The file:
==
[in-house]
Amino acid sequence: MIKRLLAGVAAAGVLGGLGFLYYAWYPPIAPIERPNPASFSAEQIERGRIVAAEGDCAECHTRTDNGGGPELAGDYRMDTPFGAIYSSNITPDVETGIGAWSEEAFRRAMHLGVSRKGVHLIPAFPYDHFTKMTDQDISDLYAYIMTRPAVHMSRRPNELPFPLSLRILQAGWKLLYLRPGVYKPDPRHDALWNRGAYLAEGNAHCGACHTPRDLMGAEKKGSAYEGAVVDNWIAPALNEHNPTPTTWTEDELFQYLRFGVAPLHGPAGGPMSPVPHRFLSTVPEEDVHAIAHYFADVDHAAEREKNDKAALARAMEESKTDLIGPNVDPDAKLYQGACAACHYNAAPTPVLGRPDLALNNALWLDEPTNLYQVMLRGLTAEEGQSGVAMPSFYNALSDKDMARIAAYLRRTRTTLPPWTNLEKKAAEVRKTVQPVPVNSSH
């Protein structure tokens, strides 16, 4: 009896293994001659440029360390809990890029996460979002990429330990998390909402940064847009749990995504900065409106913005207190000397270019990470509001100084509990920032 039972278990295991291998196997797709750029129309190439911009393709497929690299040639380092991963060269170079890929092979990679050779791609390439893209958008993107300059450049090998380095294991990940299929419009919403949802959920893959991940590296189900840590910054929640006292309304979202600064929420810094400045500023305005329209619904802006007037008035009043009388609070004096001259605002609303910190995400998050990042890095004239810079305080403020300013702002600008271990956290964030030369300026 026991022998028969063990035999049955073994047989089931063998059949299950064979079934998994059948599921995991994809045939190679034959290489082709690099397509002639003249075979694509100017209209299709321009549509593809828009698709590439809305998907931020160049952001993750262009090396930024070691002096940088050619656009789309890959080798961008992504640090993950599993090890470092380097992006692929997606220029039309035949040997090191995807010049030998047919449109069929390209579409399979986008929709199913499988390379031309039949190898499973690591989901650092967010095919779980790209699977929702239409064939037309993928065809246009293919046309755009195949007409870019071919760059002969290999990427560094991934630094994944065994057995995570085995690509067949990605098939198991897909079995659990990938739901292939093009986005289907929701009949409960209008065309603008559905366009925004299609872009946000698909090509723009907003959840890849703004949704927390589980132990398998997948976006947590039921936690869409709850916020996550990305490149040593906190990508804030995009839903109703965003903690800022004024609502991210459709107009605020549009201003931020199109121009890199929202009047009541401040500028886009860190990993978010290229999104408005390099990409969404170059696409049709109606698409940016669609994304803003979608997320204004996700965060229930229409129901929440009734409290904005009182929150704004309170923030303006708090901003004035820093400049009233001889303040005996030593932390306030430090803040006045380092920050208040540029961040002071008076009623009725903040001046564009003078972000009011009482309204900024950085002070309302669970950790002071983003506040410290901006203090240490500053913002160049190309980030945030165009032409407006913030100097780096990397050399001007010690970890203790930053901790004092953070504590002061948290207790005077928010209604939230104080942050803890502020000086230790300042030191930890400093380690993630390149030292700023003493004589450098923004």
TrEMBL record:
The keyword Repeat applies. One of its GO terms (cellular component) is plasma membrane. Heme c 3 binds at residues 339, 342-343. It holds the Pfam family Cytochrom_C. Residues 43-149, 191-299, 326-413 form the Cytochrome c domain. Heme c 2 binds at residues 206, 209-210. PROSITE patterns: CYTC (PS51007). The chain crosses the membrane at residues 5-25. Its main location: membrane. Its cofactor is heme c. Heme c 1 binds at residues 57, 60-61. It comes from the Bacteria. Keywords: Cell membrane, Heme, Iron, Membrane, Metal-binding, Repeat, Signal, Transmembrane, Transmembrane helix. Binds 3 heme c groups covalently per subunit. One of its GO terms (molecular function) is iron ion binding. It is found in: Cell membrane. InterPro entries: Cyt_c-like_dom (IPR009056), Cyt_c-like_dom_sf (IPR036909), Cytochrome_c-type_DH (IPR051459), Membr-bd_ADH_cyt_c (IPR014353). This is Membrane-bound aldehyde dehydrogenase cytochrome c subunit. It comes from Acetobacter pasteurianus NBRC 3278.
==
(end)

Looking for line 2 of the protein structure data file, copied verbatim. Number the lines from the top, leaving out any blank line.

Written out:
Amino acid sequence: MIKRLLAGVAAAGVLGGLGFLYYAWYPPIAPIERPNPASFSAEQIERGRIVAAEGDCAECHTRTDNGGGPELAGDYRMDTPFGAIYSSNITPDVETGIGAWSEEAFRRAMHLGVSRKGVHLIPAFPYDHFTKMTDQDISDLYAYIMTRPAVHMSRRPNELPFPLSLRILQAGWKLLYLRPGVYKPDPRHDALWNRGAYLAEGNAHCGACHTPRDLMGAEKKGSAYEGAVVDNWIAPALNEHNPTPTTWTEDELFQYLRFGVAPLHGPAGGPMSPVPHRFLSTVPEEDVHAIAHYFADVDHAAEREKNDKAALARAMEESKTDLIGPNVDPDAKLYQGACAACHYNAAPTPVLGRPDLALNNALWLDEPTNLYQVMLRGLTAEEGQSGVAMPSFYNALSDKDMARIAAYLRRTRTTLPPWTNLEKKAAEVRKTVQPVPVNSSH